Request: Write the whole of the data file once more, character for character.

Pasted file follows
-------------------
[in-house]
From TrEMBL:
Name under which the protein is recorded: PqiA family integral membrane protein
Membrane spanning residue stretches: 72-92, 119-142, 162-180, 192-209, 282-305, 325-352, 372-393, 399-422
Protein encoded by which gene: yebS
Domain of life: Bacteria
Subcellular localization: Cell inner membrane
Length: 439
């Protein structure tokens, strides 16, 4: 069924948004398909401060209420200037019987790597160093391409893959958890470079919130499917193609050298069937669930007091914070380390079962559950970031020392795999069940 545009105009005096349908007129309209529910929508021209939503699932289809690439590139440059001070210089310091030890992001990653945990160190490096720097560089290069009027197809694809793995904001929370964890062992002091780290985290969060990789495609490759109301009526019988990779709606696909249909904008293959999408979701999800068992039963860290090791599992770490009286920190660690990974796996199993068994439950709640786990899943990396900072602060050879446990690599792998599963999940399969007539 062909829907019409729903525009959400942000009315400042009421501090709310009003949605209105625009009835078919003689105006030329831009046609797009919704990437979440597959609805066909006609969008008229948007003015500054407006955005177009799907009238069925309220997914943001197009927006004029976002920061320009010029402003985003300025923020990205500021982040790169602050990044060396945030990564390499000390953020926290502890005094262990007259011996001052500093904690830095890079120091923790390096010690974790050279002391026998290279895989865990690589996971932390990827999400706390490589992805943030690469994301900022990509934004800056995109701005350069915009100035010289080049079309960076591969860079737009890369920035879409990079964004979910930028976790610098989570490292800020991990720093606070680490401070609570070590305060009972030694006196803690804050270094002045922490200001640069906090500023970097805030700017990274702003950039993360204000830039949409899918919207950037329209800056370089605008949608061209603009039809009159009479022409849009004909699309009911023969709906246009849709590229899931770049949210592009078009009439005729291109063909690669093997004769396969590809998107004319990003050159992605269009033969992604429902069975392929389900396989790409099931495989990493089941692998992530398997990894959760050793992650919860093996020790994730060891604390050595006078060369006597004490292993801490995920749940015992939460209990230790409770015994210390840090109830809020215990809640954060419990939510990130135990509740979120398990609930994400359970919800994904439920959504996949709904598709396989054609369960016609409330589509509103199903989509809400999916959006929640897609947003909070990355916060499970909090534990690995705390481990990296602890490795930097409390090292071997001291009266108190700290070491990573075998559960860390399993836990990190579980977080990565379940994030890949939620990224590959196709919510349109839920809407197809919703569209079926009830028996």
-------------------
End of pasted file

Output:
[in-house]
From TrEMBL:
Name under which the protein is recorded: PqiA family integral membrane protein
Membrane spanning residue stretches: 72-92, 119-142, 162-180, 192-209, 282-305, 325-352, 372-393, 399-422
Protein encoded by which gene: yebS
Domain of life: Bacteria
Subcellular localization: Cell inner membrane
Length: 439
């Protein structure tokens, strides 16, 4: 069924948004398909401060209420200037019987790597160093391409893959958890470079919130499917193609050298069937669930007091914070380390079962559950970031020392795999069940 545009105009005096349908007129309209529910929508021209939503699932289809690439590139440059001070210089310091030890992001990653945990160190490096720097560089290069009027197809694809793995904001929370964890062992002091780290985290969060990789495609490759109301009526019988990779709606696909249909904008293959999408979701999800068992039963860290090791599992770490009286920190660690990974796996199993068994439950709640786990899943990396900072602060050879446990690599792998599963999940399969007539 062909829907019409729903525009959400942000009315400042009421501090709310009003949605209105625009009835078919003689105006030329831009046609797009919704990437979440597959609805066909006609969008008229948007003015500054407006955005177009799907009238069925309220997914943001197009927006004029976002920061320009010029402003985003300025923020990205500021982040790169602050990044060396945030990564390499000390953020926290502890005094262990007259011996001052500093904690830095890079120091923790390096010690974790050279002391026998290279895989865990690589996971932390990827999400706390490589992805943030690469994301900022990509934004800056995109701005350069915009100035010289080049079309960076591969860079737009890369920035879409990079964004979910930028976790610098989570490292800020991990720093606070680490401070609570070590305060009972030694006196803690804050270094002045922490200001640069906090500023970097805030700017990274702003950039993360204000830039949409899918919207950037329209800056370089605008949608061209603009039809009159009479022409849009004909699309009911023969709906246009849709590229899931770049949210592009078009009439005729291109063909690669093997004769396969590809998107004319990003050159992605269009033969992604429902069975392929389900396989790409099931495989990493089941692998992530398997990894959760050793992650919860093996020790994730060891604390050595006078060369006597004490292993801490995920749940015992939460209990230790409770015994210390840090109830809020215990809640954060419990939510990130135990509740979120398990609930994400359970919800994904439920959504996949709904598709396989054609369960016609409330589509509103199903989509809400999916959006929640897609947003909070990355916060499970909090534990690995705390481990990296602890490795930097409390090292071997001291009266108190700290070491990573075998559960860390399993836990990190579980977080990565379940994030890949939620990224590959196709919510349109839920809407197809919703569209079926009830028996």